Opunake students’ fertiliser business blossoms

Brody Neilson bottles up some of the seaweed fertiliser ready for sale.

Students at Opunake High School in Taranaki are proving persistence and determination pays off, with their seaweed fertiliser project going from strength to strength.

The project was originally thought up in late 2021 when some of the students noticed how much seaweed washed up on their local beach and decided to have a go at making it into fertiliser. They also planned to only use glass bottles and jars donated by the community to bottle their product.

Unfortunately, their plans were hampered by Covid supply chain issues, followed by storm damage to the foundation of the shed they had bought with funding from the Glass Packaging Forum.

Opunake High School learning support Pauline Sandford says they remained undeterred and finally got the shed built and project, now called Sea 45, off the ground a little over a year ago.

“It’s been really successful, and the boys sell their product in three local stores now and also attend a few markets. Our next stage of the business is to hopefully purchase a permanent stall or stand at the school gate to sell the boys’ products and the vegetable plants they grow,” Pauline says.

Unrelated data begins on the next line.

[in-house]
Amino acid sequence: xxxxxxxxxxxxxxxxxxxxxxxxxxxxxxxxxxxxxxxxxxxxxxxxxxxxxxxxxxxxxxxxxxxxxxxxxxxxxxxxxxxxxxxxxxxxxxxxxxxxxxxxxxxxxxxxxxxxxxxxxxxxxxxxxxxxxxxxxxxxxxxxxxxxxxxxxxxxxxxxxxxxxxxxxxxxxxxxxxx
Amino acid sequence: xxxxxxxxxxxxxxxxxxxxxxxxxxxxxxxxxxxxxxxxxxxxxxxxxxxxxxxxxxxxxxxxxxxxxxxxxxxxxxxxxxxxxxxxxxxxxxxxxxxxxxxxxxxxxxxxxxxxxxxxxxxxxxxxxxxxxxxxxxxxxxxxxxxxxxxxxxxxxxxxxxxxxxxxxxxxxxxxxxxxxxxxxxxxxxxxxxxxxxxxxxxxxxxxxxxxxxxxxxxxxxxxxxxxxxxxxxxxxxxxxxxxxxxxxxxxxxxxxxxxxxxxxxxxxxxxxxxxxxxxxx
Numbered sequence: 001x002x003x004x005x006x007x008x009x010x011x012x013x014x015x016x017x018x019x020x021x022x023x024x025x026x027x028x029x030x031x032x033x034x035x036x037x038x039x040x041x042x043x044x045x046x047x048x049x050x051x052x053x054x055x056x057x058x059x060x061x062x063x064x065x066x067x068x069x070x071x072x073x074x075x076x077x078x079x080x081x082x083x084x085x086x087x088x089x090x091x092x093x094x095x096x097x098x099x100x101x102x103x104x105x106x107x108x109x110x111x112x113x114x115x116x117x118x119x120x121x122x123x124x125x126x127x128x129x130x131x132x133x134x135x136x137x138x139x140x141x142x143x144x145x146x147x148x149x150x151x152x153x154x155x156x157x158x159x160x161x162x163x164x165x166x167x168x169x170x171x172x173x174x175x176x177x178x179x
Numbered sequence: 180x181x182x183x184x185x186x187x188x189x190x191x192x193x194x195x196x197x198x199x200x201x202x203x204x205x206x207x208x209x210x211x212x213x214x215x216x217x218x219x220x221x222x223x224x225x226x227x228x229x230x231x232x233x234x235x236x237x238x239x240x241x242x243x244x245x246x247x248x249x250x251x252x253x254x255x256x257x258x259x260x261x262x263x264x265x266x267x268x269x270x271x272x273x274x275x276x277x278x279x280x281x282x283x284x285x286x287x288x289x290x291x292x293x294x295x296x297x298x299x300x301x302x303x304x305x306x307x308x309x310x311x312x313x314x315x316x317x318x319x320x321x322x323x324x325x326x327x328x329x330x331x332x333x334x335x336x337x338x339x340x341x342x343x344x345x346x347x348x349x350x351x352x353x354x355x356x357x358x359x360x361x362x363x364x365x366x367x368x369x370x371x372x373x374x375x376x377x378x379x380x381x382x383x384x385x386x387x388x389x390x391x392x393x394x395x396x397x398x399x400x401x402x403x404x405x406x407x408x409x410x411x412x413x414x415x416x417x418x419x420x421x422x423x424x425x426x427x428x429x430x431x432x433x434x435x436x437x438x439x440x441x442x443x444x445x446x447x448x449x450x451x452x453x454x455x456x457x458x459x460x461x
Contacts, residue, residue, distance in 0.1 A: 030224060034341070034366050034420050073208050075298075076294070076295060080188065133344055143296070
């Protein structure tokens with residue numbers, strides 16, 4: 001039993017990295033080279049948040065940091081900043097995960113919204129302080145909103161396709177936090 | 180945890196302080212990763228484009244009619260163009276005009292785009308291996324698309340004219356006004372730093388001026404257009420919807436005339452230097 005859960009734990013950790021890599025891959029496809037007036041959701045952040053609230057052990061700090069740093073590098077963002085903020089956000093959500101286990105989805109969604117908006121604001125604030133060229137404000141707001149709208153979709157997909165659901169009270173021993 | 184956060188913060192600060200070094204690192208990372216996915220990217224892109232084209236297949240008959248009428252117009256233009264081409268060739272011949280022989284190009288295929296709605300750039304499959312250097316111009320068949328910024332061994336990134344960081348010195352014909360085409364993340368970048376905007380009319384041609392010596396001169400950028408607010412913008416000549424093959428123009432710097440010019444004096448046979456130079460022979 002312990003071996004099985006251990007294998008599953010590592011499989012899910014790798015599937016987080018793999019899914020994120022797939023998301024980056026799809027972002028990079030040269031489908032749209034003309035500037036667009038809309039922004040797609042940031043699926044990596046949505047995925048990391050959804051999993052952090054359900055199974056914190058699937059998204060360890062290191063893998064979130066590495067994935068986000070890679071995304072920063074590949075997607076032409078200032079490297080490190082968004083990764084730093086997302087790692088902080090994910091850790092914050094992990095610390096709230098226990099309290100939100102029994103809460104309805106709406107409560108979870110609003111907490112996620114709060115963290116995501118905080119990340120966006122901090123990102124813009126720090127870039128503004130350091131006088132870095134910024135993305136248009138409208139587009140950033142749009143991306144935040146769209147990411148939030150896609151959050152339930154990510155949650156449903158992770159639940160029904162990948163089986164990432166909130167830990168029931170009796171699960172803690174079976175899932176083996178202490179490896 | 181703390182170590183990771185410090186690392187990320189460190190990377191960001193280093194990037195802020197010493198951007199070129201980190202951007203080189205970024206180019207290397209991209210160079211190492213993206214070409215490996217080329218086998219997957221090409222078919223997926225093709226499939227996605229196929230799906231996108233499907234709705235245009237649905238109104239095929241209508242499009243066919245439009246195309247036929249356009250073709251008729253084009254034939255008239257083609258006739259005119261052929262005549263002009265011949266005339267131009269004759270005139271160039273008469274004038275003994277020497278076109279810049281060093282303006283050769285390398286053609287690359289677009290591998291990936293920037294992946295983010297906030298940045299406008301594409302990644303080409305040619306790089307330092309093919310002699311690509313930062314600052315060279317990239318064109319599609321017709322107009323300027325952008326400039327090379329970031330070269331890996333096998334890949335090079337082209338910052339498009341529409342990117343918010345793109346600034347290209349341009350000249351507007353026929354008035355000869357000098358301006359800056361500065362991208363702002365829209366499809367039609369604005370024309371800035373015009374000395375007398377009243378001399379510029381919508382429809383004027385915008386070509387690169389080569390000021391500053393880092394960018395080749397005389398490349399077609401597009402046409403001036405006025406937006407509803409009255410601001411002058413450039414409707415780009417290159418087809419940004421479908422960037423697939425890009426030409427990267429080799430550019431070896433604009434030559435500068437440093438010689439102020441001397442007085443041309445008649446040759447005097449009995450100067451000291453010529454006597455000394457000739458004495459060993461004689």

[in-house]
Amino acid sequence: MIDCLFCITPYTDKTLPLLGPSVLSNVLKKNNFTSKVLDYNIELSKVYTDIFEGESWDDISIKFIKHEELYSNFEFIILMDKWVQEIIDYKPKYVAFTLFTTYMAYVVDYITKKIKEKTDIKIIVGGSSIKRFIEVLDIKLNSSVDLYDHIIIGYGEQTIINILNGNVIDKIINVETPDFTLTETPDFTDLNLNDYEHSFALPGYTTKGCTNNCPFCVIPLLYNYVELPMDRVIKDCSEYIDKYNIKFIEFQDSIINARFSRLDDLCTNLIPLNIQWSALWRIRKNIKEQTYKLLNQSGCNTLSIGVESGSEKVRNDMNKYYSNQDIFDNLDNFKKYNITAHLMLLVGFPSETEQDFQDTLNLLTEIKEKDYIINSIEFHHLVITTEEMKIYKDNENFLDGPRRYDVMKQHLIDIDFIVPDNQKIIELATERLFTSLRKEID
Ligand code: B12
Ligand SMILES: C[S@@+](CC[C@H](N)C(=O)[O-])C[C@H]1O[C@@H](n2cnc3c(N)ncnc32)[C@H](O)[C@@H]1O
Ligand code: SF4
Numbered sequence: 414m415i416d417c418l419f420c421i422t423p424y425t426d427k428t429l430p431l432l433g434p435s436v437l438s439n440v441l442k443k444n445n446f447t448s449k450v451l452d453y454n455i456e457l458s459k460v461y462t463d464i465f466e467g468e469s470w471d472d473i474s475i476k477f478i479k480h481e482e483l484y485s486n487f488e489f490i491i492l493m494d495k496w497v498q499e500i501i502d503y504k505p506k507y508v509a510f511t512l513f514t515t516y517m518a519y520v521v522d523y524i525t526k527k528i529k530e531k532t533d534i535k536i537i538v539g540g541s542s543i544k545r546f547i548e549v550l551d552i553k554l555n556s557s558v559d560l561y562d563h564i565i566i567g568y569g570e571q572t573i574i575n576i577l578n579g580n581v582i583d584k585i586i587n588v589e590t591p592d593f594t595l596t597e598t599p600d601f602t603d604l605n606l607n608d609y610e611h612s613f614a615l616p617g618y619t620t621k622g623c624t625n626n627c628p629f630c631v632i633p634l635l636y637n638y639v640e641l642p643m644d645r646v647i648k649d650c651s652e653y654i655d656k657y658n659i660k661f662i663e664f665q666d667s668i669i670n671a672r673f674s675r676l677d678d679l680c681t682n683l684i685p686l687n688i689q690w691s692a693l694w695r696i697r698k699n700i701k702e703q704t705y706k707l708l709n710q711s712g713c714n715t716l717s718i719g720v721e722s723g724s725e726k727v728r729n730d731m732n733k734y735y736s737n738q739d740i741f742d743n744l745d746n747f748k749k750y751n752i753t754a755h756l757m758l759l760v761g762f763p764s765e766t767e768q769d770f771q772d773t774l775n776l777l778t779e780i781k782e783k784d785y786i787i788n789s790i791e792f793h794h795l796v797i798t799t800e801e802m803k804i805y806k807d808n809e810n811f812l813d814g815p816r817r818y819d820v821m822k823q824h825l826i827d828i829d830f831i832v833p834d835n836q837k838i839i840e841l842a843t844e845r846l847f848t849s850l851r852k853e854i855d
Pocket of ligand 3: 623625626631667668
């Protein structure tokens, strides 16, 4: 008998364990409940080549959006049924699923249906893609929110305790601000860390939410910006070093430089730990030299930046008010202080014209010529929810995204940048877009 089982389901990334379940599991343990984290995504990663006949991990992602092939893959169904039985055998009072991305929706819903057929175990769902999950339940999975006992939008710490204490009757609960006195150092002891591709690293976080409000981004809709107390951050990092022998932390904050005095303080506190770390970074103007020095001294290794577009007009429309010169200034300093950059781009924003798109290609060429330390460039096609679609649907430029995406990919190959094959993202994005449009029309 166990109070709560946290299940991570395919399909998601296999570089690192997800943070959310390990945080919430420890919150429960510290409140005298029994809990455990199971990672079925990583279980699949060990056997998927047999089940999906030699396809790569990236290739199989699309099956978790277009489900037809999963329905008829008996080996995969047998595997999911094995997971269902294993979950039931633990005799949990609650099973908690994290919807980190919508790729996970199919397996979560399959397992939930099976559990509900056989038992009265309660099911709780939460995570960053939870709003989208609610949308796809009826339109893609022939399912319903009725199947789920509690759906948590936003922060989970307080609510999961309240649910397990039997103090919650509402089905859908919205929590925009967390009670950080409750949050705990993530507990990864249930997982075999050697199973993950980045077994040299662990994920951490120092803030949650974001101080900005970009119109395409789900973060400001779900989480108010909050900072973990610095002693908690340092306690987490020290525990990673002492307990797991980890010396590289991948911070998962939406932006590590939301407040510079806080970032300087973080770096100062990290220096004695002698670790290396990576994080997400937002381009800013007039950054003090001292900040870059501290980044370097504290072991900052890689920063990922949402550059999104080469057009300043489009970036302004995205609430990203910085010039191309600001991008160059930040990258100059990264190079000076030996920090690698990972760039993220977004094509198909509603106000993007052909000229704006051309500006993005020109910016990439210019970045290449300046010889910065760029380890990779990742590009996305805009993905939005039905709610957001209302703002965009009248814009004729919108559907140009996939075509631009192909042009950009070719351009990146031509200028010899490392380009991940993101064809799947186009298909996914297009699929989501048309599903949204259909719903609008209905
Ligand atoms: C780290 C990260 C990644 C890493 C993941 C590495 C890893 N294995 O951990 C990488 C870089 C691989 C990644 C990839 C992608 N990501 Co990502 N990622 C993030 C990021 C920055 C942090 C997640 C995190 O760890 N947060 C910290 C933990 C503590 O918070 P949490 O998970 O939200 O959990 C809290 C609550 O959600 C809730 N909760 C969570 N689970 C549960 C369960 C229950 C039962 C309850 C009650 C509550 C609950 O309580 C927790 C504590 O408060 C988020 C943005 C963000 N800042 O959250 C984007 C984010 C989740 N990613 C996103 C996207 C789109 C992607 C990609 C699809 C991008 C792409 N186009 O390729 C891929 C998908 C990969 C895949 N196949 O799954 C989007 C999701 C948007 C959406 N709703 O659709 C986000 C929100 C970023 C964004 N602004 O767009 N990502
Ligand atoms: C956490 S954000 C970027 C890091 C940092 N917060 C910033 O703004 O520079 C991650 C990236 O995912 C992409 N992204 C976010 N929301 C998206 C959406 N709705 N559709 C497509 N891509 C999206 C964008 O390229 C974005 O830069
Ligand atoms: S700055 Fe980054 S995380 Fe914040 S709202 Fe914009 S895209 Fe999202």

She says they have kept to their original method of only using donated glass bottles and jars, which they fill in their shed.

Over the summer they sold around 150 bottles as well as many litres to members of the community who brought their own containers, Pauline says. “Proceeds from the sales go towards further equipment, tools etc, as we are trying to turn all the gardens at the school into fully edible. They also donate plants and seaweed fertiliser to our local rest home and to local families.

“This has been a wonderful opportunity for them and provides lifetime skills. The TV interview, on Seven Sharp, last year about their small business has made them quite famous around town,” Pauline says.

Glass Packaging Forum Scheme Manager Dominic Salmon says it’s wonderful to see that the project has not only continued but grown. “Hats off to these young men for their determination and hard work. They have tapped into an abundant resource to make something which is helping their school and community, while reusing glass containers too. Ka pai!”